The Trusted Capital Marketplace, a patriotic investment network recently launched by the Pentagon, may serve to protect existing defence technologies but probably not much more.

Life can be tough for sub-tier suppliers of the US defence industry. On the one hand, small defence technology firms are confronted with the exact same challenges as their commercial peers: the need to be competitive through constant innovations, requiring sources of funds and investments. But on the other hand, national security imperatives place a particular burden on those firms’ shoulders. Namely, the US Department of Defense (DoD) would like to fend off flows of foreign (mostly Chinese) investments in its defence industrial base.

Trusted capital marketplace

The return to great power competition is forcing the US to make tough choices. The Pentagon readily admits the importance to preserve a substantial sub-tier industrial, defence base, both to manage costs and to foster innovations with a healthy level of competition.

But a September 2018 special report warned the government about the decaying of this sub-tier segment of the defence industry. The smaller players of the US supply chain are disproportionately exposed to negative macro-forces, including federal budget uncertainties and shrinking STEM skills.

In the long run, the decay of sub-tier defence suppliers would undermine the overall competitiveness of the US defence industry, and consequently weaken the military standing of the US. To prevent this, the Pentagon unveiled 10 May the creation of the Trusted Capital Marketplace (TCM).

According to Under Secretary of Defense for Acquisition Ellen Lord, the TCM will “bring providers of trusted capital together with businesses looking for capital infusions.” Investors will be able to match with small innovative companies deemed essential to national security by the Pentagon.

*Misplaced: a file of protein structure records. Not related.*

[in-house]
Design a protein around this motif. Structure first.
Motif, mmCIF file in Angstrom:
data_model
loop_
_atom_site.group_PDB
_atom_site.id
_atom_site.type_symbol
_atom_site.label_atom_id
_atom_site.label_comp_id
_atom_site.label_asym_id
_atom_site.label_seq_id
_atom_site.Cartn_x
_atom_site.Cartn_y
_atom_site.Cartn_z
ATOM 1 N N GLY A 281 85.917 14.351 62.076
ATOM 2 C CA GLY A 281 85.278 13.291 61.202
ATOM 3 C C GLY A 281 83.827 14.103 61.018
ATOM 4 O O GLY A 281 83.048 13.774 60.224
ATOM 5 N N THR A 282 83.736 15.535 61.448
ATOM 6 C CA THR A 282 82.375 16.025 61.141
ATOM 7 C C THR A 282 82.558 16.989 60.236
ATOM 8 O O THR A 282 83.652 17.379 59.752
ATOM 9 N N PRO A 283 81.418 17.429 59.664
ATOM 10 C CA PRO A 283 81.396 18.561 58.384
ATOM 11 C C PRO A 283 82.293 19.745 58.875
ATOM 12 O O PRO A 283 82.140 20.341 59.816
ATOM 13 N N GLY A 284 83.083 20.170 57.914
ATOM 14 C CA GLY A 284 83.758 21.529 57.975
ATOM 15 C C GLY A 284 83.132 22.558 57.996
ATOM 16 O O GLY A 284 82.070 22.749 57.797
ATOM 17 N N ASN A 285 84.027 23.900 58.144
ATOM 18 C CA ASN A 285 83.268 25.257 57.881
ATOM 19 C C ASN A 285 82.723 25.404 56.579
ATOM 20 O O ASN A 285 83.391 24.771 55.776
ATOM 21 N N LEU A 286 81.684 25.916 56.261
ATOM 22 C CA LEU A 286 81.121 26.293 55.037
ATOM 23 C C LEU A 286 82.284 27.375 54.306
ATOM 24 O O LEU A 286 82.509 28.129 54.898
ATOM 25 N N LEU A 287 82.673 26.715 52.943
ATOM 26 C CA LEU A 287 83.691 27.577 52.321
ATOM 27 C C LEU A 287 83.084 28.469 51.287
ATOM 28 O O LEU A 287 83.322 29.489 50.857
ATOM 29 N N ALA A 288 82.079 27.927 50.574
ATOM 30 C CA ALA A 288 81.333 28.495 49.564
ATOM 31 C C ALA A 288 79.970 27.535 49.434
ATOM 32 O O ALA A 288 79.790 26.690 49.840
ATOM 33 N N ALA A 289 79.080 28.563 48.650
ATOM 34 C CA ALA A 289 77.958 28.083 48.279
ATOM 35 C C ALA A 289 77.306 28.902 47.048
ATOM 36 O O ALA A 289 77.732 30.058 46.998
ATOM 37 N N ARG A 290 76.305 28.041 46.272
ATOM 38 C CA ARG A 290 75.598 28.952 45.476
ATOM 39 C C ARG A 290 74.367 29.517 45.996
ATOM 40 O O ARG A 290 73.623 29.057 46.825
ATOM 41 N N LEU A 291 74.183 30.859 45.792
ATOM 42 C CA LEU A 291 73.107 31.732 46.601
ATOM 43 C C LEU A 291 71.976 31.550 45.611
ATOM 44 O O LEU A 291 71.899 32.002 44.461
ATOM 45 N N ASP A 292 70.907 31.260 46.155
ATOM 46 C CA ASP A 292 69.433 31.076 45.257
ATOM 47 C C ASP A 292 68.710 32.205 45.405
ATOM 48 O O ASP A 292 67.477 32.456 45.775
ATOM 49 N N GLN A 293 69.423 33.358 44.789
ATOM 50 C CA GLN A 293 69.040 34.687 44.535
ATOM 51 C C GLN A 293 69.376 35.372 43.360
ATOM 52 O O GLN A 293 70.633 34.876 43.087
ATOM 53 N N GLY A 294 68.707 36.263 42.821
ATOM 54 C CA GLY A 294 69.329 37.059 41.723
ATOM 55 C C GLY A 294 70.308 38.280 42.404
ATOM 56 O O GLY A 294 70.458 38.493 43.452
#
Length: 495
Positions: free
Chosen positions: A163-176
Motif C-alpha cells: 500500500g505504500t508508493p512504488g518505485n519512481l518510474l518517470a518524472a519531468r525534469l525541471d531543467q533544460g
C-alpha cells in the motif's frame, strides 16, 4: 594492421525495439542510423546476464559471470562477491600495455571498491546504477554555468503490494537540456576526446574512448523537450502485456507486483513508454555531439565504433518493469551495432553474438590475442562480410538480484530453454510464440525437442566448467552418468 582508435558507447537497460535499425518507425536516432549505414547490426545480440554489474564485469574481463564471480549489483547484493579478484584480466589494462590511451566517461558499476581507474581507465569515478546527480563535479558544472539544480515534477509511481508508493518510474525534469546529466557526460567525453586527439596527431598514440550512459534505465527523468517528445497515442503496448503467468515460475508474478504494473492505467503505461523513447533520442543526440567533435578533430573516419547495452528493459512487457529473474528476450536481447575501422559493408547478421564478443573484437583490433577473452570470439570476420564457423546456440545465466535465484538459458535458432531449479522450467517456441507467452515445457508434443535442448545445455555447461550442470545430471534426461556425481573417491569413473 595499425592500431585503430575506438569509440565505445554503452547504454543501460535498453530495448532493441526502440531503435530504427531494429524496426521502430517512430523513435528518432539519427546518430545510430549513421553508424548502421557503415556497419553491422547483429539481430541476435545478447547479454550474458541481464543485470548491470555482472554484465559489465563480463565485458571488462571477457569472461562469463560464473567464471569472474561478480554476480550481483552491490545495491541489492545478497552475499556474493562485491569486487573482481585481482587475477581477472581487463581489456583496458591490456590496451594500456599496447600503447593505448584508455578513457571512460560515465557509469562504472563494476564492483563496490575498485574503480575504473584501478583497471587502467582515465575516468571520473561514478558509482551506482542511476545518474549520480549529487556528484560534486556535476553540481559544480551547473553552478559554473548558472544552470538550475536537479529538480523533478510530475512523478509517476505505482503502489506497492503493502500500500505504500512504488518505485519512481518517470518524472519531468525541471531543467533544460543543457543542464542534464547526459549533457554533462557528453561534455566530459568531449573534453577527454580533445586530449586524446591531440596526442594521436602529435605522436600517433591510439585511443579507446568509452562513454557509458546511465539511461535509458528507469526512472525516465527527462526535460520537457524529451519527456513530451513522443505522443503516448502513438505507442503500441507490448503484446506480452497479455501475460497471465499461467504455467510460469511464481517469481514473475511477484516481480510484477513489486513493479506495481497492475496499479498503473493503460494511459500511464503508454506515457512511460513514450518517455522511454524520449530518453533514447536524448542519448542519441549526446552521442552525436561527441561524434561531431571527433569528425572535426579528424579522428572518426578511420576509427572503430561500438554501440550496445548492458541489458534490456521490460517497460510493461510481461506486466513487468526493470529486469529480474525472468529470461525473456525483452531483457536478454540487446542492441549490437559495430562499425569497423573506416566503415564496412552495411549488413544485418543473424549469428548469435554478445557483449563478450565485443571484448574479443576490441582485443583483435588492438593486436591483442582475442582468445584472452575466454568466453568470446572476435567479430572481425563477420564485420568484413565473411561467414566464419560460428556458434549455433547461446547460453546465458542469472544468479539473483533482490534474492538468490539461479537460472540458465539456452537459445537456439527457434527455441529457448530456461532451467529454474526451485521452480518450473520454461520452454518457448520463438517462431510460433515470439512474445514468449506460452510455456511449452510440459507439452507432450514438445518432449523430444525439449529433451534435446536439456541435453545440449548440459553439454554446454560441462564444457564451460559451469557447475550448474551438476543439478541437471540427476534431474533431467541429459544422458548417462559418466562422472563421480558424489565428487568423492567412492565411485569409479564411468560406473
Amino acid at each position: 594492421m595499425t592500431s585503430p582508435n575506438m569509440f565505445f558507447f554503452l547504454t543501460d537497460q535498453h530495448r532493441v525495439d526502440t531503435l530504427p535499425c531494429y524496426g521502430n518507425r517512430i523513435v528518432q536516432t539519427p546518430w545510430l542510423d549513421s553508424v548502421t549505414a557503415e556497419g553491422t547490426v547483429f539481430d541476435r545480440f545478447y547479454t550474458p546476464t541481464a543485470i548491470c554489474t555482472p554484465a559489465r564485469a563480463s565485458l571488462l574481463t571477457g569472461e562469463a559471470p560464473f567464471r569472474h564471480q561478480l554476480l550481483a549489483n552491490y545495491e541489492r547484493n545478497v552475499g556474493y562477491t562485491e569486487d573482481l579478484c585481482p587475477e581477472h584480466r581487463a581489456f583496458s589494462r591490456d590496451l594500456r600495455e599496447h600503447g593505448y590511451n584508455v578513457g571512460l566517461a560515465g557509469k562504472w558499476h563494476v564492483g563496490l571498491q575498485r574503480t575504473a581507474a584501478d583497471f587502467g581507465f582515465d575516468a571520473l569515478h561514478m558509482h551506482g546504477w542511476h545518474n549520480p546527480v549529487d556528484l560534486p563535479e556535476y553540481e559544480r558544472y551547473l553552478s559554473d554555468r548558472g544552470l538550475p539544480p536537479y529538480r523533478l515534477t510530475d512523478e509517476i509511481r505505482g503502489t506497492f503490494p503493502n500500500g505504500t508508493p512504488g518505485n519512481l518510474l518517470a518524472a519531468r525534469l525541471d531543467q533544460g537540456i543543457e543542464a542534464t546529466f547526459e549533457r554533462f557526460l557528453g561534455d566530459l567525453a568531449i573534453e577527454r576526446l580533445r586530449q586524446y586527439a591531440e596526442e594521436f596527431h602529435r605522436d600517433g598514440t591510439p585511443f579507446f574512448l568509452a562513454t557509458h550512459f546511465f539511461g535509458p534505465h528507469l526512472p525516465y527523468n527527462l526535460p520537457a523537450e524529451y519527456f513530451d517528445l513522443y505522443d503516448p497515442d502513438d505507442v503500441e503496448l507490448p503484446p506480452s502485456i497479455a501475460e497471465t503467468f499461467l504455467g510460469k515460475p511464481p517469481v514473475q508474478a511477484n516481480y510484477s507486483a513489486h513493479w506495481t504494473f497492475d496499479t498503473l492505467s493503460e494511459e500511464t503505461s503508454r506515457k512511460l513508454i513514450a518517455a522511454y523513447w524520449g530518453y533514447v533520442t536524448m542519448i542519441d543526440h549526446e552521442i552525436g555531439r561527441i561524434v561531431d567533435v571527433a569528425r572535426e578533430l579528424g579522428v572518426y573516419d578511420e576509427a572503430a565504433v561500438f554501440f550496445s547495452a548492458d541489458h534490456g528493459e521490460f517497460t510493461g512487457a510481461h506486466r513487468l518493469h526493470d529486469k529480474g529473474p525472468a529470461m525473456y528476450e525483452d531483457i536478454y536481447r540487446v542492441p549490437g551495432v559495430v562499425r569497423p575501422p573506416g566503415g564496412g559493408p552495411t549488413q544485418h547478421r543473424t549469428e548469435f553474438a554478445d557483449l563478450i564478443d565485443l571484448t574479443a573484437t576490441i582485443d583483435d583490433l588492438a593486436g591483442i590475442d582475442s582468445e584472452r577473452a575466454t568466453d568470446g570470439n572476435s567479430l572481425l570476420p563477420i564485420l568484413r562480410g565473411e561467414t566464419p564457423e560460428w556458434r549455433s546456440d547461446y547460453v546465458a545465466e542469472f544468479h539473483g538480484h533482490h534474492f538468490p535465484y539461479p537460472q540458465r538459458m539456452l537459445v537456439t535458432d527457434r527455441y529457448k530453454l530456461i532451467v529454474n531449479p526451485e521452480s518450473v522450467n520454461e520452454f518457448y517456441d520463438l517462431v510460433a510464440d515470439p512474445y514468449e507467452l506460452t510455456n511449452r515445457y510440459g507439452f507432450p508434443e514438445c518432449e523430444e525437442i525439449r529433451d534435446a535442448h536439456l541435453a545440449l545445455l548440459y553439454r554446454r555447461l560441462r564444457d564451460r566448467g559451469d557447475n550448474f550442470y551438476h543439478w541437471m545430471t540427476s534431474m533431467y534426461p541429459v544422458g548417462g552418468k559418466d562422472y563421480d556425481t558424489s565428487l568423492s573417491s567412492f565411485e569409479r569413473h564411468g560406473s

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The US government was already able to veto foreign investments in defence firms before the TCM, mostly through the Committee on Foreign Investment (CFI). But the TCM will bring two major benefits to the DoD. It will allow a better screening process both for the companies at the receiving end and the “patriot” investors decided to allocate funds. It will also provide a solution for small companies in need of investments when the CFI had nothing to propose to a stranded start-up after the unilateral cancellation of a transaction.

This idea is clear on the paper, but a lot of interrogations remain. The DoD will probably struggle to have it both ways, shielding itself from doubtful foreign sources of investments on one side and keeping its technological edge on the other.

Other countries are confronted with the same dilemma with often tragic outcomes. CybAero, the main Swedish VTOL UAS manufacturer, filed for bankruptcy in June 2018 after the Swedish Inspectorate of Strategic Products blocked a deal with the Aviation Industry Corporation of China. The protection of strategic assets tends to clash with the openness (of capital and ideas) necessary to foster innovation.

Participating in the TCM might, therefore, become a hidden curse for small manufacturers, as the scope of potential investments will necessarily narrow once they are deemed critical for national security. Furthermore, the actual amount of disposable “patriotic investments” remains to be seen. National interest or not, investors need to get a return on their money or risk bankruptcy themselves. The government’s willingness to sustain its national base of small suppliers is, therefore, their only assurance.